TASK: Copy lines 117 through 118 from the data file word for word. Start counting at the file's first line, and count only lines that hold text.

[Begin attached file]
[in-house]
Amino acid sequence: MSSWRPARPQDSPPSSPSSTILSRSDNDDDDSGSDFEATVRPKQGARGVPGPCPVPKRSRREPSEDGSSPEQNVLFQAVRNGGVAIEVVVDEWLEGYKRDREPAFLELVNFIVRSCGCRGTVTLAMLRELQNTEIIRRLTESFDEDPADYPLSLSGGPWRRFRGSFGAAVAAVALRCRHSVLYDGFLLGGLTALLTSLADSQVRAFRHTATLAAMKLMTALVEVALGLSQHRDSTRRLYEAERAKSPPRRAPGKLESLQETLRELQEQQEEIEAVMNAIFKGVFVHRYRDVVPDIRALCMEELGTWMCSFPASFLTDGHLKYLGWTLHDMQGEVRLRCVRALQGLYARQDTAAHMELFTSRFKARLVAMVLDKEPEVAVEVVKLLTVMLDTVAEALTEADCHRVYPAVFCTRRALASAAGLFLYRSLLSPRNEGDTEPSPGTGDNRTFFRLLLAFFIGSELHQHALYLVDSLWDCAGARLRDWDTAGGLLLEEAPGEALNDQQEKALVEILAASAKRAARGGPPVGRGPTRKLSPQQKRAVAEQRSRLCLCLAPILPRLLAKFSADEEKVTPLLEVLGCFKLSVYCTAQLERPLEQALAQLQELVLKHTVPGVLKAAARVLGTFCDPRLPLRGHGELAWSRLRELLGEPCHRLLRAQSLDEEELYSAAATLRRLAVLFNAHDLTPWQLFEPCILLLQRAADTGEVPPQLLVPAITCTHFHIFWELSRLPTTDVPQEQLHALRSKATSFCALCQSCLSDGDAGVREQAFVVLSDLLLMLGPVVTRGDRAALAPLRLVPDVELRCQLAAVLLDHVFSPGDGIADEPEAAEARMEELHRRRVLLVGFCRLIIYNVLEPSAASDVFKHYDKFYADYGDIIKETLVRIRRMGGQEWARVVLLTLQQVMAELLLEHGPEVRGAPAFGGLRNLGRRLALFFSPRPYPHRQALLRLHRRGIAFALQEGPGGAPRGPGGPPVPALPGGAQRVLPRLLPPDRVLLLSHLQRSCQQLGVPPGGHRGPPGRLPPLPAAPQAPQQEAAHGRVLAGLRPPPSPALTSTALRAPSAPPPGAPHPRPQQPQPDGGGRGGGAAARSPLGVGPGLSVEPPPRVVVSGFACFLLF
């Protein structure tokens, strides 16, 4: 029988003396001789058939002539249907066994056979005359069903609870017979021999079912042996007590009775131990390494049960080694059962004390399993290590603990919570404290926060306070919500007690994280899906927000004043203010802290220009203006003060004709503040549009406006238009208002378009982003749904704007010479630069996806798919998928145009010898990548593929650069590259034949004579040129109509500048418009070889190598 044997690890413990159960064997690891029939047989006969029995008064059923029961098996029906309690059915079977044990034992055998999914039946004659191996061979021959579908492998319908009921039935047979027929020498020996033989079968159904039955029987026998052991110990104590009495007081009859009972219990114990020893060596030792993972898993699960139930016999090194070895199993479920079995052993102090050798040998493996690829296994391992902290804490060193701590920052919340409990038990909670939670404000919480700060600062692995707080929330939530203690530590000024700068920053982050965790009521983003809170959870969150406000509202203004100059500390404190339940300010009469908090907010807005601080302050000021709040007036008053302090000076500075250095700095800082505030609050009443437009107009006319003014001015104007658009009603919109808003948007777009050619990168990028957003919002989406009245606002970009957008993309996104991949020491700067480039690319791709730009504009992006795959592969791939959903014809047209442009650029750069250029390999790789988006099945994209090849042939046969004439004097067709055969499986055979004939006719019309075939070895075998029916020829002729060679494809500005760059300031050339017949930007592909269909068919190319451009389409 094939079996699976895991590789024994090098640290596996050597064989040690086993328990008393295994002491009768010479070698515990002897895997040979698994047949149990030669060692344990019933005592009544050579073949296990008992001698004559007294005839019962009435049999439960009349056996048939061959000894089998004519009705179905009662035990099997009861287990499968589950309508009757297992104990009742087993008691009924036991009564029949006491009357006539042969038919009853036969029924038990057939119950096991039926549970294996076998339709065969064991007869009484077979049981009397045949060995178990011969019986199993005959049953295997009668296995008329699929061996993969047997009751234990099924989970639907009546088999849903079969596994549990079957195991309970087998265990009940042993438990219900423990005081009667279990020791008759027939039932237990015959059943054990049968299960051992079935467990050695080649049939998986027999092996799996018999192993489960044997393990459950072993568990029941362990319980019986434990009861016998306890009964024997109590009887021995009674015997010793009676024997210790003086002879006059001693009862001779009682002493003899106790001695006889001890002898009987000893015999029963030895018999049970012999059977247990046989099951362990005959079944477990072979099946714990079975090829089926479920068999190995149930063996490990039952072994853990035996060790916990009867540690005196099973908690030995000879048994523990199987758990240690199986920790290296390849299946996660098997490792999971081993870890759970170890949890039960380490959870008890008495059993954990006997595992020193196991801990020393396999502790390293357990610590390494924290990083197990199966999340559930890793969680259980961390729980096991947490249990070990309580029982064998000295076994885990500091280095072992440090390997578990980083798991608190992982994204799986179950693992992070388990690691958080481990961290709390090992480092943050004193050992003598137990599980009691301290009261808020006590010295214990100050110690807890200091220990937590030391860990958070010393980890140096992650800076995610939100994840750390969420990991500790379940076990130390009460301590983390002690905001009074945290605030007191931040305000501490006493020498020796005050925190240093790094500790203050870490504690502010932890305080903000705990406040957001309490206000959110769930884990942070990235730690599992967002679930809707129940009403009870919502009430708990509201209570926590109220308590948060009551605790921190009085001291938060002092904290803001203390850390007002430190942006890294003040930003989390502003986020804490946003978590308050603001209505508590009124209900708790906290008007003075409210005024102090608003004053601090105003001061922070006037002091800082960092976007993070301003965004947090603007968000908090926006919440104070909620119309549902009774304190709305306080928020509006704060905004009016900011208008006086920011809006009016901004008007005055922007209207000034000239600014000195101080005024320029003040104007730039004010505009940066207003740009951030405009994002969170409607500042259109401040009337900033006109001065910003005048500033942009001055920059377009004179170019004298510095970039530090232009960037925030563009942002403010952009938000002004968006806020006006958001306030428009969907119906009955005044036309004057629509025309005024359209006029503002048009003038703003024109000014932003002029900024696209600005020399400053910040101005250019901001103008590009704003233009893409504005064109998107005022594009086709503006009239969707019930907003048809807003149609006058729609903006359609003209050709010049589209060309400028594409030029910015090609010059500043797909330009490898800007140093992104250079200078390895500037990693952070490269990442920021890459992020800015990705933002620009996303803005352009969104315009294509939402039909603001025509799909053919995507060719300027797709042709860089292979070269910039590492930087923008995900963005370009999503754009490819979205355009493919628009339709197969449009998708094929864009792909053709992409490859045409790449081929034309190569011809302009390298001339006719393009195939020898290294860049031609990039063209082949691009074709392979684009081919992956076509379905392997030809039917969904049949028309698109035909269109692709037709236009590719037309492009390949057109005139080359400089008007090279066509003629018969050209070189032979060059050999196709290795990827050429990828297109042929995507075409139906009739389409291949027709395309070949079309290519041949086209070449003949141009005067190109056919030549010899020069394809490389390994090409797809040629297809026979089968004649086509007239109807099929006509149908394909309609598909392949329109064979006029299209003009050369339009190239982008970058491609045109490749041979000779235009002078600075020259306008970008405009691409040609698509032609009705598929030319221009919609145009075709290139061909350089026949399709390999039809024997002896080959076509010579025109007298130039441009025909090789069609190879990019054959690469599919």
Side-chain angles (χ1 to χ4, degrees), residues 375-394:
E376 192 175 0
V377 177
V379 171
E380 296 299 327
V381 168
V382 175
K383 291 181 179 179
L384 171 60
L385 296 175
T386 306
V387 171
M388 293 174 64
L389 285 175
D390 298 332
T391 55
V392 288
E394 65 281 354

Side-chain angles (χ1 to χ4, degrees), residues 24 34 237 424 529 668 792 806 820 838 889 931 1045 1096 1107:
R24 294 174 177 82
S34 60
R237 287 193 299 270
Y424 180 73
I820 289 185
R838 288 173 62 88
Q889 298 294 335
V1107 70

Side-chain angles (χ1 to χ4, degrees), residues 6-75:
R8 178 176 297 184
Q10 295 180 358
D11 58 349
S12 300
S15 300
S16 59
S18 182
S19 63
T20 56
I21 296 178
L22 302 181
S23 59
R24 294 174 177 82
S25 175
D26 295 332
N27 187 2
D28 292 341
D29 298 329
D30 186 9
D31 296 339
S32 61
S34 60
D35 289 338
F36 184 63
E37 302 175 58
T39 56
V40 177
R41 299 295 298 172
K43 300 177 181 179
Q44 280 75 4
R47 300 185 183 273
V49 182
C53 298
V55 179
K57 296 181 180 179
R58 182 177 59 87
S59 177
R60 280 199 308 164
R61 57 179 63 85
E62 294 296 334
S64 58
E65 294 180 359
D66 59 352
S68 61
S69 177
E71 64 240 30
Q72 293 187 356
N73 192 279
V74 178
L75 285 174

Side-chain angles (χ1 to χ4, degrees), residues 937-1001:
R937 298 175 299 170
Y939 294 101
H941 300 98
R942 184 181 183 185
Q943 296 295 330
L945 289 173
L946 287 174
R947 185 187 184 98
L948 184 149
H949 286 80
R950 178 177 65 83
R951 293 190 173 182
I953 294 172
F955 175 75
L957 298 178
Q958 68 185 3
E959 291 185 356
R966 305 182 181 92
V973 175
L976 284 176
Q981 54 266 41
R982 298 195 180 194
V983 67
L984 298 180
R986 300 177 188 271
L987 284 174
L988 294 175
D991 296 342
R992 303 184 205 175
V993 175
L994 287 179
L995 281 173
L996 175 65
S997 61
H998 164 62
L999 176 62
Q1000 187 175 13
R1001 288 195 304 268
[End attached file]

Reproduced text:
H998 164 62
L999 176 62